What would cause an average runner - actually, a subpar runner going by the numbers - to attempt such a hard race? Why am I doing this to myself?
I'm not drawn to mountains, by any means. I'm drawn instead to the state of New Hampshire. Or, more specifically, to Young Hickory of the Granite Hills: Franklin Pierce.
My fascination with Franklin Pierce led me to pursue an internship with the Hillsborough Historical Society during the summer between my junior and senior years of college. For 6 wonderful, wonderful weeks, I lived with members of the society and spent my days doing archival research in Concord, NH. It was while I was there that I took up running. There was literally nothing else to do. I had no internet access, I had no cell phone, and I was living with strangers - mostly senior citizens.
Each day during the week, I woke up when the sun came up and I went out running. First it was one mile, then two, then three, and eventually it was about 4 each day. I ran past wild turkeys - who knew? One day, I even surprised a small black bear. He was coming out of the woods and we had a brief staring contest before we both sprinted away at top speed. (But if you ever hear me tell the story in person, he was totally a brown bear, totally huge, and he totally stood up on his back legs to snarl at me before chasing me.) Every day was sunny and lovely. The setting was straight out of a Robert Frost poem (more this one than this one).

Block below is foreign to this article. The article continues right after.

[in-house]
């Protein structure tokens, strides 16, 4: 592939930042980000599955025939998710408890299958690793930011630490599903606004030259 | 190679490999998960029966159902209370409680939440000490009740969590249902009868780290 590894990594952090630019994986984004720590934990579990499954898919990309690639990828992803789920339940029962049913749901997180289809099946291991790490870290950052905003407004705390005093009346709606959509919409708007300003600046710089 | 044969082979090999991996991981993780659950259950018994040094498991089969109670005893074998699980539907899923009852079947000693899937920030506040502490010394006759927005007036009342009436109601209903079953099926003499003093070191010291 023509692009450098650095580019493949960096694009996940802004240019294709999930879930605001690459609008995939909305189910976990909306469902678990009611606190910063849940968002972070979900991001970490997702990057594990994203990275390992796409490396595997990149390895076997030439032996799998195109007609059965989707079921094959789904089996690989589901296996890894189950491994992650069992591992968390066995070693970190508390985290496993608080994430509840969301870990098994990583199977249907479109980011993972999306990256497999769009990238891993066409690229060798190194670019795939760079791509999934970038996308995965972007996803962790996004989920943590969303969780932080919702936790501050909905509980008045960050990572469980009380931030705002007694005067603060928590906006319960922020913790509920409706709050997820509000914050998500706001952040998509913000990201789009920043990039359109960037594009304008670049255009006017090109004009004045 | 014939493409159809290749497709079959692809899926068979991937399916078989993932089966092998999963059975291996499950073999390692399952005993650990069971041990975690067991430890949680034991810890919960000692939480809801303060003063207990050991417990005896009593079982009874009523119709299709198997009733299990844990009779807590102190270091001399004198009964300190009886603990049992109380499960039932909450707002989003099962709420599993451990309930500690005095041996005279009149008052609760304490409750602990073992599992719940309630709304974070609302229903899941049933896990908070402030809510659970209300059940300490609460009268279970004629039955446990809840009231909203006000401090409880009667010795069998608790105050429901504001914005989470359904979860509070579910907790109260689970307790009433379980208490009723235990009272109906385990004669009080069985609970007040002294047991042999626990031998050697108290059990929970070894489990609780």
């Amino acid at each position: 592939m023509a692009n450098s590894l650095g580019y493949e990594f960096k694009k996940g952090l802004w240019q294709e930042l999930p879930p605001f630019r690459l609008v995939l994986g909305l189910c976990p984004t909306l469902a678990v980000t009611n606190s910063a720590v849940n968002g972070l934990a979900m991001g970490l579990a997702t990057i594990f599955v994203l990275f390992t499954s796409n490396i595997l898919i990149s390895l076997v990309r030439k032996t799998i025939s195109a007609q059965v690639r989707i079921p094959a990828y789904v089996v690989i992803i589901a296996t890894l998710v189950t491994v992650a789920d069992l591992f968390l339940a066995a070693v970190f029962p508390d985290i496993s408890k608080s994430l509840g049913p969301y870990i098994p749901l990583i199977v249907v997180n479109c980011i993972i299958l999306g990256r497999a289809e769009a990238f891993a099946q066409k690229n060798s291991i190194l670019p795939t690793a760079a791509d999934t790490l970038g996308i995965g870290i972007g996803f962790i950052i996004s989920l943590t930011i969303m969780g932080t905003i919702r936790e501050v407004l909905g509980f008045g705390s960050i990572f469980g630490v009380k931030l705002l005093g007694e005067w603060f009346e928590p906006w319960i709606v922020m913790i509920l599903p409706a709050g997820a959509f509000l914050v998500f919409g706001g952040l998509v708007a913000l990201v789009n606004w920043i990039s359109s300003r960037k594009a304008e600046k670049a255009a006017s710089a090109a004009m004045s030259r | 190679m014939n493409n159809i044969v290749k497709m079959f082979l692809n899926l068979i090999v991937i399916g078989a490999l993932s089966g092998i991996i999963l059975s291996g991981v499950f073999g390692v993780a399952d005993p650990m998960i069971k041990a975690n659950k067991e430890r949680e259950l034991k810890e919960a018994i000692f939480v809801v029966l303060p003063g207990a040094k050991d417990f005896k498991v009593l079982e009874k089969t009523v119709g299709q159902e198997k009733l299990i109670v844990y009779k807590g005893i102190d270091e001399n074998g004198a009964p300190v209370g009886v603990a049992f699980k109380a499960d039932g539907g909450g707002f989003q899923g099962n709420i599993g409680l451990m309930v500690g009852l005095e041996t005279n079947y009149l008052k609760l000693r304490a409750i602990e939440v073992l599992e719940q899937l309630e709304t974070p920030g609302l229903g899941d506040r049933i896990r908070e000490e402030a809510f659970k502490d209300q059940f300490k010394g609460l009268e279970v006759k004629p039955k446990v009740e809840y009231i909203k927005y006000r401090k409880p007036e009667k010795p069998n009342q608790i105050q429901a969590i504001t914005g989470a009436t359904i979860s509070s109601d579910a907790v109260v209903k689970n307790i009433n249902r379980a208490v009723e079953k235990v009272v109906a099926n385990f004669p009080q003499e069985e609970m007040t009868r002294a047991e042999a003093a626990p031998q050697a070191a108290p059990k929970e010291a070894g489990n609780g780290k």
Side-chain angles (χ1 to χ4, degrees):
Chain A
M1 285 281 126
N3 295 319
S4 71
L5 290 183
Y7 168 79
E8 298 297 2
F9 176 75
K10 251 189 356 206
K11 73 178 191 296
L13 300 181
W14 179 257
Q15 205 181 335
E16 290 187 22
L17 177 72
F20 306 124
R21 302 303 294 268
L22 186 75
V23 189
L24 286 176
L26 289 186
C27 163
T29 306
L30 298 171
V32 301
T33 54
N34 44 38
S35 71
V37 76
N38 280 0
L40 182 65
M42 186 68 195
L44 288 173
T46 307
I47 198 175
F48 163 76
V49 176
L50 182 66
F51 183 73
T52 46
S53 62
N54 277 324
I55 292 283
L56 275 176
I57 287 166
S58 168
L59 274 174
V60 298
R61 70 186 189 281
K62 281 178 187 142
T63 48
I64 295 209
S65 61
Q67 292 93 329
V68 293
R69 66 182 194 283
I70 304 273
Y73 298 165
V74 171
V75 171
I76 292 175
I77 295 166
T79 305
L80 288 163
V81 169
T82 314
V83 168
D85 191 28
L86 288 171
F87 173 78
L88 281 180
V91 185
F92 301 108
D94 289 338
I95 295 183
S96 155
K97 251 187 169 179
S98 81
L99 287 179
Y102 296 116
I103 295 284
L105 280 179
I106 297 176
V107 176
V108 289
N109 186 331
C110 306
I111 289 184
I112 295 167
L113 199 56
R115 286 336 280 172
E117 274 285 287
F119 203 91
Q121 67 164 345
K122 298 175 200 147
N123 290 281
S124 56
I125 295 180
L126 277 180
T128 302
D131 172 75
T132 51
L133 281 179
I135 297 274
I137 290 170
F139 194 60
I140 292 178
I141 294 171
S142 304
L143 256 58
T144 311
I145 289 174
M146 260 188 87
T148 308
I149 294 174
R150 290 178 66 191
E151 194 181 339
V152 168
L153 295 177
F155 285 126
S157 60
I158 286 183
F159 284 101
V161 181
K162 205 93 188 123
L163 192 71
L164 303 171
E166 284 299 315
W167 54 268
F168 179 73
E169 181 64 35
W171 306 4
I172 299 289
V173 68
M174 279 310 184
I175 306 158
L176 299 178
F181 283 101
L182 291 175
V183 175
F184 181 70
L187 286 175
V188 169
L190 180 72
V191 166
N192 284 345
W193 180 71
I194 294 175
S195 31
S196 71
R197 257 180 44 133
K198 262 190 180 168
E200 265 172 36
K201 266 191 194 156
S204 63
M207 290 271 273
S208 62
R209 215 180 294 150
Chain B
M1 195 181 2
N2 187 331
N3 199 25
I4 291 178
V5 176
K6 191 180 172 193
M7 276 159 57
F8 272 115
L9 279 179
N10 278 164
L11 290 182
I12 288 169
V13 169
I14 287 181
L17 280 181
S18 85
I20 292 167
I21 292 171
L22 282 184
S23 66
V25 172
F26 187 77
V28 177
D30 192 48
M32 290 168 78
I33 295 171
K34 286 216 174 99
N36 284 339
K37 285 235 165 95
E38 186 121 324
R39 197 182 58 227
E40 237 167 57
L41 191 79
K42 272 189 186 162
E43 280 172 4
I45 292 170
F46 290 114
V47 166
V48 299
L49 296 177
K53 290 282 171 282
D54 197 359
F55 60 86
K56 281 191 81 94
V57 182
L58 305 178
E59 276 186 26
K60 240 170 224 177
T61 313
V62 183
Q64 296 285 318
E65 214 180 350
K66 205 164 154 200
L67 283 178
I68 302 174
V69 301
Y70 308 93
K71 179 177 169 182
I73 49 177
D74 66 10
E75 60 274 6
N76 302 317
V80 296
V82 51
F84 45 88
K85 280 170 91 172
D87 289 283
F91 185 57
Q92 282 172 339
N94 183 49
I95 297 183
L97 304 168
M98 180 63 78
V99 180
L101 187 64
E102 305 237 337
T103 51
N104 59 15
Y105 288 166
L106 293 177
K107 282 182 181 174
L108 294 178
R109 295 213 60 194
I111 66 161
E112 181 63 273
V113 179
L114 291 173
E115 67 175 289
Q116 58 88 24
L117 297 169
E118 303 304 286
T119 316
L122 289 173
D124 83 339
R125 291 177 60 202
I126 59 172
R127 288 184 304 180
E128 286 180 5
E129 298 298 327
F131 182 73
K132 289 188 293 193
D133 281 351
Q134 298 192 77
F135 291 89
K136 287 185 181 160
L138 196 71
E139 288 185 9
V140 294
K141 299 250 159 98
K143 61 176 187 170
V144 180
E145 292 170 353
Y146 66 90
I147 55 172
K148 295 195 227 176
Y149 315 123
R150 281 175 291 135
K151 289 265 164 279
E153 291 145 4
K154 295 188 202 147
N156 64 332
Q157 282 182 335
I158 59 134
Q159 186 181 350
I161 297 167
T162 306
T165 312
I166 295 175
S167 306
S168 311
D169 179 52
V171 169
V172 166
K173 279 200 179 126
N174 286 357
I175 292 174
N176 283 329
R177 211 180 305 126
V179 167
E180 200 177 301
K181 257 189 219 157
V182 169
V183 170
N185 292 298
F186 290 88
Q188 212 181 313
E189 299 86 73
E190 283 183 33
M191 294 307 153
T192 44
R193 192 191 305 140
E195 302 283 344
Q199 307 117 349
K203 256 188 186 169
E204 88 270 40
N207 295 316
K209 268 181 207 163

In other words, it was perfect: serene, lovely, relaxing, and amazing.
You can't stay in New Hampshire for more than a few days without hearing about the Old Man of the Mountain (RIP). Stay a few days longer, and you'll hear more about the White Mountains and specifically Mount Washington, the highest point in the northeast United States.
So, why not combine two things I associate so closely with New Hampshire: running, and Mount Washington?
NOW, why I'm doing this with inadequate preparation is sheer stupidity.
On I went, out of the wood, passing the man leading without knowing I was going to do so. Flip-flap, flip-flap, jog-trot, jog-trot, curnchslap-crunchslap, across the middle of a broad field again, rhythmically running in my greyhound effortless fashion, knowing I had won the race though it wasn't half over, won it if I wanted it, could go on for ten or fifteen or twenty miles if I had to and drop dead at the finish of it, which would be the same, in the end, as living an honest life like the governor wanted me to. -Alan Sillitoe, "Loneliness of the Long Distance Runner"